Long non-coding RNAs act like enhancers of gene regulation
Scientists describe novel mode for regulation of gene activity
The regulation of gene activity belongs to the most challenging questions of modern biology. So far, scientists know only a few mechanisms to switch single genes on or off. Now, an international team of scientists from the US, Germany, and Spain has described a new mode to regulate gene activity. In the current issue of the scientific journal “Nature” Ulf Andersson Ørom, head of a research group at the Max Planck Institute for Molecular Genetics in Berlin, in collaboration with researchers from the Wistar Institute in Philadelphia, the Children’s Hospital of Pennsylvania, the University of Colorado, and the Center for Genomic Regulation in Barcelona, Spain, show that long non-coding RNAs bind to mediator, a multiprotein complex, thus enabling it to bind to the DNA and initiate the transcription of several genes.
Quite surprisingly, the first sequencing of a human genome revealed that human beings only possess around 20,000 genes – about as much as a nematode and much less than a water flea. However, the genes involved directly in protein production, are only a small part of the genome. Today, we know that the bigger part, formerly thought of as junk DNA, does also contain vital information, especially for the regulation of gene activity.
But how is a gene actually switched on or off? What determines the activity of genes at the right time and in the correct tissue? Scientists assume that quite a substantial part of non-coding DNA participates in gene regulation. Already in 1981, short non-coding DNA regions with characteristic base sequence have been described, which are able to increase the transcription rate of gene. These so-called enhancers bind protein complexes and are thus initiating gene transcription. Crucial for their function is the spatial arrangement of the enhancer in relation to the gene. Some of them are known to lie up to one million base pairs up- or downstream a respective gene, but due to the three-dimensional structure of the DNA, they are still located near the origin of the gene.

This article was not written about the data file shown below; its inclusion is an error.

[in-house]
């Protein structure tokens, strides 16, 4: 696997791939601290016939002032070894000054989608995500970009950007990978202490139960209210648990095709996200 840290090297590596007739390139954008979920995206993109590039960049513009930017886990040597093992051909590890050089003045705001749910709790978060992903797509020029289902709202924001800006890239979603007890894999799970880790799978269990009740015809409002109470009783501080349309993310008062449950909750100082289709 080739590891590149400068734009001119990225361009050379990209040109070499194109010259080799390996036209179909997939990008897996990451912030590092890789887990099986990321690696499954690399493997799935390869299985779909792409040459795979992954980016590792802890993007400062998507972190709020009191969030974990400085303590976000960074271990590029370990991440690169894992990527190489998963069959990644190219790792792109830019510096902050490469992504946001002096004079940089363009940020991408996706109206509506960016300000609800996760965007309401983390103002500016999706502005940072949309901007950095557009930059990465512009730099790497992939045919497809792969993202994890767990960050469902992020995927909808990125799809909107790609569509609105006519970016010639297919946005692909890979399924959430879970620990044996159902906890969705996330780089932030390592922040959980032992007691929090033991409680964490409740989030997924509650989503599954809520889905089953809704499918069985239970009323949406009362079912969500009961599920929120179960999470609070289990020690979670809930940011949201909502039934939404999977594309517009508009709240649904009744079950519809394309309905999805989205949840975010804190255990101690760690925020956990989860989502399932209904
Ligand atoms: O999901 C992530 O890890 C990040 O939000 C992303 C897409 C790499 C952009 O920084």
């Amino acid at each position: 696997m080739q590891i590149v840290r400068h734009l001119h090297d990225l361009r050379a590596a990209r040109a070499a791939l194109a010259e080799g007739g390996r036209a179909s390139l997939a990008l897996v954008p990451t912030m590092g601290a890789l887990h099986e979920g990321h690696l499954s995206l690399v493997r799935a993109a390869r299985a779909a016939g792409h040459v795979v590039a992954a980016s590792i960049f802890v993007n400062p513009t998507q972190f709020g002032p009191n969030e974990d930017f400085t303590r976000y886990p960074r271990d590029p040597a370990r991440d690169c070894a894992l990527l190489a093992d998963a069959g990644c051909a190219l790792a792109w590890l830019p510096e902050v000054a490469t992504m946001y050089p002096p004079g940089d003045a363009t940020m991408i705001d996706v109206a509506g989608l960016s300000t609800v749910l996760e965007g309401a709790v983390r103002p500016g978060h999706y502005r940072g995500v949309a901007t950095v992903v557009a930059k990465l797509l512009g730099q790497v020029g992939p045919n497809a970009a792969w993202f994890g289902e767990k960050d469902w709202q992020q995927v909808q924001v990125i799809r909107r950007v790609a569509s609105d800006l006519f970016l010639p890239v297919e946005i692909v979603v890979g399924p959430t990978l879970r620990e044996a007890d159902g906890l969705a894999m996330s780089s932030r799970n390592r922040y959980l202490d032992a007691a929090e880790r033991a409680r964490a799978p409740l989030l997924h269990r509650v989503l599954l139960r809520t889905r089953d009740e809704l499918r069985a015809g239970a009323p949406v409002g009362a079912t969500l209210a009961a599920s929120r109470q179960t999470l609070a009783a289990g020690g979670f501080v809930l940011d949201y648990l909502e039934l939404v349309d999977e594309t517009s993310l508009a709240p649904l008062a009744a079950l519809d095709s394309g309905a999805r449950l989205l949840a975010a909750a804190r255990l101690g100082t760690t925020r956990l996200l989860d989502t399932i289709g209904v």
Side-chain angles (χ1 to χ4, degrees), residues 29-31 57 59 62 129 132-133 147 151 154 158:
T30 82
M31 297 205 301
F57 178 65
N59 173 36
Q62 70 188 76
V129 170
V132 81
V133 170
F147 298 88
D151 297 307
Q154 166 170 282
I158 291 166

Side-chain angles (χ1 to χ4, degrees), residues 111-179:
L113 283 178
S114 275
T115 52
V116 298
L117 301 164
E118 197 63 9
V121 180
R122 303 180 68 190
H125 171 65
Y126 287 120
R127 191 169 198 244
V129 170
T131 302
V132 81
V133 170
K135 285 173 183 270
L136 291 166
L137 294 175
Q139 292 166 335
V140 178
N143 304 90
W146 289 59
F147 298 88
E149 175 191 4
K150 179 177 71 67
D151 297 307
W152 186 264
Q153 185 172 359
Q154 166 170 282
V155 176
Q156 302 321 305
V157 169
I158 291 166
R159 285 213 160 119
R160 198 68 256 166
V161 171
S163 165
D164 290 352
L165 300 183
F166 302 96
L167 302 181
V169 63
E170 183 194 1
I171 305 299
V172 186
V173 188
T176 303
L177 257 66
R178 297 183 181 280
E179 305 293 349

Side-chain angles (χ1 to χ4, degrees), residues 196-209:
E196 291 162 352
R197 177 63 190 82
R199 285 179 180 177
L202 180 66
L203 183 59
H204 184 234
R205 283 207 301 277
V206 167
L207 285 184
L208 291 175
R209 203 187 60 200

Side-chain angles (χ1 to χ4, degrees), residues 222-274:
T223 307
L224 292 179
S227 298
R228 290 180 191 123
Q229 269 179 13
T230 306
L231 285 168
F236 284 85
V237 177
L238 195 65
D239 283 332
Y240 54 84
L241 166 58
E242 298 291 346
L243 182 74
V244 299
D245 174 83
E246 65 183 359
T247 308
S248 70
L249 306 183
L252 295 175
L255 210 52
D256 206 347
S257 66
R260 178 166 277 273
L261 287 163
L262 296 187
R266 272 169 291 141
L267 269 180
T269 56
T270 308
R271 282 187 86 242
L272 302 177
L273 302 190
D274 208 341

In 2010, Ørom and his co-workers have been able to identify a group of non-coding DNA regions, operating only after their transcription to long non-coding RNA molecules. These molecules, termed non-coding RNA-activating (ncRNA-a) stay inside the nucleus after transcription and modulate gene activity in an enhancer-like way. “Now, we have been able to report on the precise mode by which such enhancer-like RNAs function”, Ørom explains his results. “Contrary to normal enhancer molecules that are part of the DNA, enhancer-like ncRNA-as are able to move around in the nucleus. Thus, they are also capable of modulating genes whose positions are far away on the DNA strand.” The new results show ncRNA-as to associate to a large protein complex, called Mediator, acting in mediating the function of several enhancers in human. The results have an immediate impact on the general understanding of enhancer function and deepen our understanding on how gene expression is regulated.